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World Meteological Day and NZ's role with WMO

MetService News Release
Friday, 22 Mar 2013



World Meteological Day and New Zealand's role with WMO

World Meteorological Day is celebrated every year on the 23rd of March,marking the anniversary of the formation of the World Meteorological Organization (WMO) in 1950. The WMO is a specialised agency of the United Nations that brings together national meteorological and hydrological services around the globe. 191 Member States and Territories belong to WMO with its newest member, South Sudan, joining in December 2012.

New Zealand is represented at the WMO by Peter Lennox, the Chief Executive of MetService. As Permanent Representative (PR) with WMO, Mr Lennox is New Zealand's single point of contact with whom the WMO Secretariat in Geneva stays in touch regarding weather, hydrology or climate related matters. In New Zealand the PR is responsible not just for MetService participation in WMO programmes and activities, but also for coordinating WMO matters with other New Zealand organisations such as the National Institute of Water and Atmospheric Research (NIWA).

New Zealand plays a key role in contributing to the WMO Voluntary Cooperation Programme, through MetService's support of Pacific Island meteorological programmes. Twelve MetService staff are directly involved with WMO matters such as this, in addition to their other duties.

MetService operates in accordance with WMO requirements, including investing in specifications and training required to meet WMO standards and certification. This includes generating New Zealand's own pool of meteorological talent. Every 2-3 years MetService runs a 41-week training programme to train mathematics or physics graduates to meet WMO requirements for graduate meteorologists. These graduates become part of MetService's forecasting operations, along with internationally-recruited expertise, to maintain a well-rounded and highly skilled forecasting team.

The title of this year's World Meteorological Day is Watching the weather to protect life and property and focuses attention on the crucial 24/7 role of meteorological and hydrological services in improving human safety and safeguarding society against hazards like floods, tropical cyclones and droughts.

"The growing impact of weather extremes cannot be ignored. Over the last 30 years natural disasters took the lives of over 2 million people and produced economic losses estimated at over 1.5 trillion US dollars," said World Meteorological Organization Secretary-General Michel Jarraud. "Almost 90 percent of such disasters, more than 70 percent of the casualties and almost 80 percent of the economic losses were caused by weather-, climate- or water-related hazards."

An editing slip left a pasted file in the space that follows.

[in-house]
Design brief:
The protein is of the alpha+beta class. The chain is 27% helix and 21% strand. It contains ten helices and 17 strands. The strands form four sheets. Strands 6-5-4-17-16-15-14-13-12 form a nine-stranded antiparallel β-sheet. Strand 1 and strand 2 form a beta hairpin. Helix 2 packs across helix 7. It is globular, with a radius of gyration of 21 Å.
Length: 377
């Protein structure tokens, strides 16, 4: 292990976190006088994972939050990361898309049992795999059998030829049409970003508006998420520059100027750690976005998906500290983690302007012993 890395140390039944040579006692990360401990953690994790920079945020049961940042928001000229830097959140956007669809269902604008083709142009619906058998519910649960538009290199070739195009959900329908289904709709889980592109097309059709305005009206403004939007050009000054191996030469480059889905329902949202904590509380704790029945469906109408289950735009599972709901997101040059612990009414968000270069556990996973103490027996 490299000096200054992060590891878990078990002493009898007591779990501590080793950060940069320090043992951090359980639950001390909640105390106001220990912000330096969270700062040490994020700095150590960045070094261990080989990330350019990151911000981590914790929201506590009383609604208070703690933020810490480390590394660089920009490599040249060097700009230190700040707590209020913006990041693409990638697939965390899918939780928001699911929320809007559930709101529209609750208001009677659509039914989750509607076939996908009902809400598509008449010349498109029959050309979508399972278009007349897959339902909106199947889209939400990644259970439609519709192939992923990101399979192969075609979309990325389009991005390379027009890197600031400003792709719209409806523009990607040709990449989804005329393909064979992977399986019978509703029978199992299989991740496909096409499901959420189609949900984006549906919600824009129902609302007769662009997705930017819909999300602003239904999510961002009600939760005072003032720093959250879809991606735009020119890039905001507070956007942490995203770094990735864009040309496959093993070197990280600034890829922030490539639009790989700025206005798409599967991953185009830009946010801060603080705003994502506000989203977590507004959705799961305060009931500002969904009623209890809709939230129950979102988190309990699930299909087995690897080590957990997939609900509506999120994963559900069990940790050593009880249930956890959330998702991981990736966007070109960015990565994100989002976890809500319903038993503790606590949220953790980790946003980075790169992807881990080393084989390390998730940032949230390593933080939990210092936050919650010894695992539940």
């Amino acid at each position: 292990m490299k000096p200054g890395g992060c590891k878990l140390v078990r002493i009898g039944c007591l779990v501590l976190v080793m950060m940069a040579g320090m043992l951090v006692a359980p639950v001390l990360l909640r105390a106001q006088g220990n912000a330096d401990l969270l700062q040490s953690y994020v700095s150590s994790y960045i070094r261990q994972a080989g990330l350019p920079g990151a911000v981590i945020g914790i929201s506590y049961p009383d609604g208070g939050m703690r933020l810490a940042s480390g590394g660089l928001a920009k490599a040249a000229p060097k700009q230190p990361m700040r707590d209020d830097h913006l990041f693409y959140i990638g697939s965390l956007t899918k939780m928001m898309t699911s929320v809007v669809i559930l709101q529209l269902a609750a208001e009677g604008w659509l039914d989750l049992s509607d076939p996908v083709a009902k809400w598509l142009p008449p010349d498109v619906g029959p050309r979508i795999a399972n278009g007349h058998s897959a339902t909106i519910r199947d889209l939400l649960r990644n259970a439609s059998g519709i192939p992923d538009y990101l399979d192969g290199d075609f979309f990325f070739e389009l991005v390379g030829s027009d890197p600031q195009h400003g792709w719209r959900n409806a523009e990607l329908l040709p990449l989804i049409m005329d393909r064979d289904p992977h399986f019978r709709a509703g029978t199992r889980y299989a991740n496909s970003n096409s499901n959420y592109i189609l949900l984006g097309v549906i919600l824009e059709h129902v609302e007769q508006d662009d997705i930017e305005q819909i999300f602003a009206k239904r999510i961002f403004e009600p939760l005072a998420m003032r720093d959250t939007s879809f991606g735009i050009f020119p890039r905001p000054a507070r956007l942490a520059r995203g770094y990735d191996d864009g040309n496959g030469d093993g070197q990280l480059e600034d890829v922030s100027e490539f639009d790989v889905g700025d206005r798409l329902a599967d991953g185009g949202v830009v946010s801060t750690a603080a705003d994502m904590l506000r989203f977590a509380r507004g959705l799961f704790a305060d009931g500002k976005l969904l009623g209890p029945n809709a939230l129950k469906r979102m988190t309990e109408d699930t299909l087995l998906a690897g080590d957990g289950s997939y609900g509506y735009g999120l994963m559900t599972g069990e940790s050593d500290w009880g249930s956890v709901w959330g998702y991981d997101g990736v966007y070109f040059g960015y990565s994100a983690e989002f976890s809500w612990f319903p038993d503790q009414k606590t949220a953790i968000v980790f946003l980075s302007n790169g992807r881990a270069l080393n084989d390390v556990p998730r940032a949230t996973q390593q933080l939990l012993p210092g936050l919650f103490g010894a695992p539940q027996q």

"Much more must, and can, be done to allay human suffering. Tropical cyclones, heavy rainfalls and floods, droughts and cold and heat waves affect the entire world, alerting us to some of the worst implications of growing climate variability and change," Mr Jarraud said.

"Weather and climate early warnings and disaster risk reduction are central to any sustainable development. World Meteorological Day 2013 is a unique occasion to reinforce this message and to reflect on past achievements,take stock of what still needs to be done and to recommit to building on the legacy of World Weather Watch," he said.

As New Zealand's designated National Meteorological Service with WMO,MetService has clear and considerable responsibilities around the dissemination of accurate and timely weather information to those who need it.

MetService delivers New Zealand's authorised meteorological warning service,issuing Warnings and Watches and Outlooks when severe weather - strong winds, heavy rain, heavy snowfall or thunderstorms - is likely to affect New Zealand. This service is part of the country's National Civil Defence Emergency Management Plan. The Severe Weather Team is a group of highly-experienced meteorologists with specialised expertise in dealing with both broad-scale and local-scale severe weather.

For more information about New Zealand's Severe Weather Warning system,see www.metservice.com/warnings/weather-warning-criteria

If there are any Warnings or Watches currently in force across New Zealand,you'll find the details at metservice.com/warnings/home; to be notified by email whenever warnings are issued, you can also subscribe to receive warnings and watches for your chosen areas straight to your inbox.

Keep up to date with the latest forecasts and any watches/warnings at metservice.com or on mobile devices at m.metservice.com. You can also follow our updates on MetService TV, @metservice on Twitter and at blog. metservice.com.

ENDS

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